Family demands humane treatment for Russian captured British fighter | abroad

Family demands humane treatment for Russian captured British fighter |  abroad

Ukraine warAn interrogation by Russian state television about a British “mercenary” who was allegedly arrested near Mariupol last week has caused great unrest among his family. Aydin Aslin (28 years old), handcuffed, appears to have cuts and bruises on his face. “He should be treated as a prisoner of war according to the Geneva Convention,” his mother said in an appeal via British news channels.

Angela Wood stated that her son is not a mercenary or a volunteer, in interviews on Friday BBC And Sky News† With this she responded to the interview broadcast on Rossia 1, the second largest television channel in Russia, in which Aiden is depicted as a mercenary. He hasn’t been there recently thinking ‘I’m going to fight for honor. My son was there four years ago and fought like a legitimate Ukrainian Marine,” Wood continued.

Aslin, from Newark in Nottingham, moved to Ukraine in 2018 and started living there with his Ukrainian fiancée. The Briton applied for and received Ukrainian citizenship, which means that he now holds dual citizenship. His family said the former health care worker, who returned from Syria two years ago where he fought alongside Kurdish fighters against ISIS, joined the Ukrainian armed forces in his new homeland as a Marine.


He defended the southern port city of Mariupol with the 36th Marine Brigade of Ukraine for more than 50 days. His unit was forced to surrender to Russian forces last week due to lack of supplies. Just before the surrender, Aslin had his last contact with his family in the UK. “We told him in the video messages that we love and support him,” Sister Shannon Tennegate told Sky News. “In the videos he sent (see below, editor), Aiden showed no signs of physical injury. Anyway, at least now we know he’s still alive. The only thing we can cling to right now are pictures of his physical appearance, And we don’t get it from our retina anymore. That part is annoying.”

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She described her brother’s video, broadcast on Russian state television, as “painful” and, like the rest of the family, is concerned about his health. “He looks exhausted and exhausted,” the sister added. , but yeah, he’s fought over 50 days, so who doesn’t look like that? She says the uncertainty about his fate is the worst. “Ignorance is the worst.”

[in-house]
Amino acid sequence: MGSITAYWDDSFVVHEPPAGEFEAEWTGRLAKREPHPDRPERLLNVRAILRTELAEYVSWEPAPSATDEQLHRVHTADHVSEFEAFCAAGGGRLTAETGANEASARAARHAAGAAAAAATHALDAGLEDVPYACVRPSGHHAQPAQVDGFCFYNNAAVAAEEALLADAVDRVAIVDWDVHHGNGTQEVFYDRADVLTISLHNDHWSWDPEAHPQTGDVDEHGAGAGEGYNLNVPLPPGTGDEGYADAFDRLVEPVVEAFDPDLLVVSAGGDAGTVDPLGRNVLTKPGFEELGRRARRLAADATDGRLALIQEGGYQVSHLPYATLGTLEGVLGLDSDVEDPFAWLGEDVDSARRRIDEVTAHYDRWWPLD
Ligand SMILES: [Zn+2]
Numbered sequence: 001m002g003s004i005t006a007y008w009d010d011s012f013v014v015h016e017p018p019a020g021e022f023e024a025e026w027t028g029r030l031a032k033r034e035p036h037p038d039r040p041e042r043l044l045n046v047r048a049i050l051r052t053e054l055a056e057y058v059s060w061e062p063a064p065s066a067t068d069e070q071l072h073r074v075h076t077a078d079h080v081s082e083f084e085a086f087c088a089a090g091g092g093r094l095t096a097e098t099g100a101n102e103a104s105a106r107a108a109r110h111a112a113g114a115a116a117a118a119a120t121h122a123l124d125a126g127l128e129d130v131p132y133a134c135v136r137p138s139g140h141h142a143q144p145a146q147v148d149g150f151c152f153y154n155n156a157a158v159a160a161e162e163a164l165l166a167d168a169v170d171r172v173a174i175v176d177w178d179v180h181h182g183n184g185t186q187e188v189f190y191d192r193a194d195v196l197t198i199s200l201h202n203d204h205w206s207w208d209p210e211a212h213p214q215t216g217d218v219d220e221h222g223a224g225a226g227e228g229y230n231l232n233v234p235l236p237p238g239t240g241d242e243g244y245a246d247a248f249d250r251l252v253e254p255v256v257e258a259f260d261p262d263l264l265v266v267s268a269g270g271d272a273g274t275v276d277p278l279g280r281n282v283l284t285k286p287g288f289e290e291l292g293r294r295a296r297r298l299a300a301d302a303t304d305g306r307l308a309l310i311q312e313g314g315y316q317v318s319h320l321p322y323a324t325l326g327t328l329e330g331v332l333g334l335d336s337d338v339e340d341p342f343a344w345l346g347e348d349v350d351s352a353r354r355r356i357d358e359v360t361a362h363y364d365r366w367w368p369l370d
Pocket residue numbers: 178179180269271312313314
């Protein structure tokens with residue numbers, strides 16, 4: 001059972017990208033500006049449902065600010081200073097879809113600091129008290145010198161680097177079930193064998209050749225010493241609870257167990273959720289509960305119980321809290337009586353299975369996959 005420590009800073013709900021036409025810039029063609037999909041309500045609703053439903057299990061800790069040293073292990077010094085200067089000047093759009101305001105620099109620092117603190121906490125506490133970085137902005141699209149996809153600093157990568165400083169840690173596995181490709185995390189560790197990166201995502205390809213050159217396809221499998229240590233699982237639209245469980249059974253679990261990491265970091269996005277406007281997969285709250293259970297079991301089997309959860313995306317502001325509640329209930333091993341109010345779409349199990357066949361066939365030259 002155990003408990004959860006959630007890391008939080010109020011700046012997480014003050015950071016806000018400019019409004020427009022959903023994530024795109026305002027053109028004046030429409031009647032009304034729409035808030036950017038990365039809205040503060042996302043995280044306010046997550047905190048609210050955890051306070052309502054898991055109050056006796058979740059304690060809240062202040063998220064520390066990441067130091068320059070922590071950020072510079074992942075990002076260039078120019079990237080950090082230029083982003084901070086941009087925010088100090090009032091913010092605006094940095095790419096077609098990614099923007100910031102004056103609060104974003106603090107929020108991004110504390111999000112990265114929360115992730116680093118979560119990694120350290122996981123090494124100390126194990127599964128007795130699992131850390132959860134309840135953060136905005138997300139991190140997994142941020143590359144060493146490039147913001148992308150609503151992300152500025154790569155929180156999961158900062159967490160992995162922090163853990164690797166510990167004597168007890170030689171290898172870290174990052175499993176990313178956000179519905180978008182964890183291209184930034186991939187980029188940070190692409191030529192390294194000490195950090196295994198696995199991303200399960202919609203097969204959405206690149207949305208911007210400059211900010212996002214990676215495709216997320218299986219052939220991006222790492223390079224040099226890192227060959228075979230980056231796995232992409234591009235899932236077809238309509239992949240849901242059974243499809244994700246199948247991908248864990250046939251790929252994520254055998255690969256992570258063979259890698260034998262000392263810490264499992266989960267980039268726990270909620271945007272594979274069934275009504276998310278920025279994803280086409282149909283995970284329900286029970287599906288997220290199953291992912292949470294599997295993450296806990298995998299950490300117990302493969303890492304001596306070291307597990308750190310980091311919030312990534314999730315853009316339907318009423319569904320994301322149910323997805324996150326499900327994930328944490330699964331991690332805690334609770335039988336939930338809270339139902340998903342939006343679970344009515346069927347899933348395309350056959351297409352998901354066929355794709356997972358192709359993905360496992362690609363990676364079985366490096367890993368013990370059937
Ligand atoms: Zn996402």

In questioning her brother, the Russian interrogator first asked him in Russian if he understood the language to which the Book of Twenty answers in Russian “50/50”. Then the questioner confronted him with his previous statement, apparently wanting to protect Ukraine. “But your fellow fighters are killers,” the book reads. The British confirm this. “Yes you are right.”

Russian propaganda

Then he makes a statement that appears to be purely Russian propaganda. “After Russia recognized the Donetsk and Luhansk People’s Republics (three days before the Russian invasion on February 24), I said: Let’s stop. If Ukraine really wants peace, its forces will leave the Donbass region. We recognize the independence of both the People’s Republics and the Crimea,” Islin said. “.

Then he was asked why the Ukrainian army was killing peaceful civilians. “Because they are criminals,” he replied in English. “They emptied the stores first and then they killed the people who wanted to pick up food parcels somewhere,” said the marine. He appears to be blamed for crimes allegedly committed by Russian forces in the strategic port city. His statement can also be a reference to Massacre in Bucha, a town located about 25 kilometers northwest of Kyiv. Russian forces killed hundreds of civilians before withdrawing, according to Ukraine. Moscow calls it the “fake news” that has been circulated.

Then the questioner wants to know if Aslin killed anyone or saw others killing people in his presence. The Briton replied: “I did not fight.”

prisoner exchange

His family asked the British Foreign Office to help secure his release. If not, they hope it will be part of a prisoner exchange between Ukraine and Russia. “Whatever is said about you, we love you and are proud of you. Both Newark and Nottingham are behind you.”

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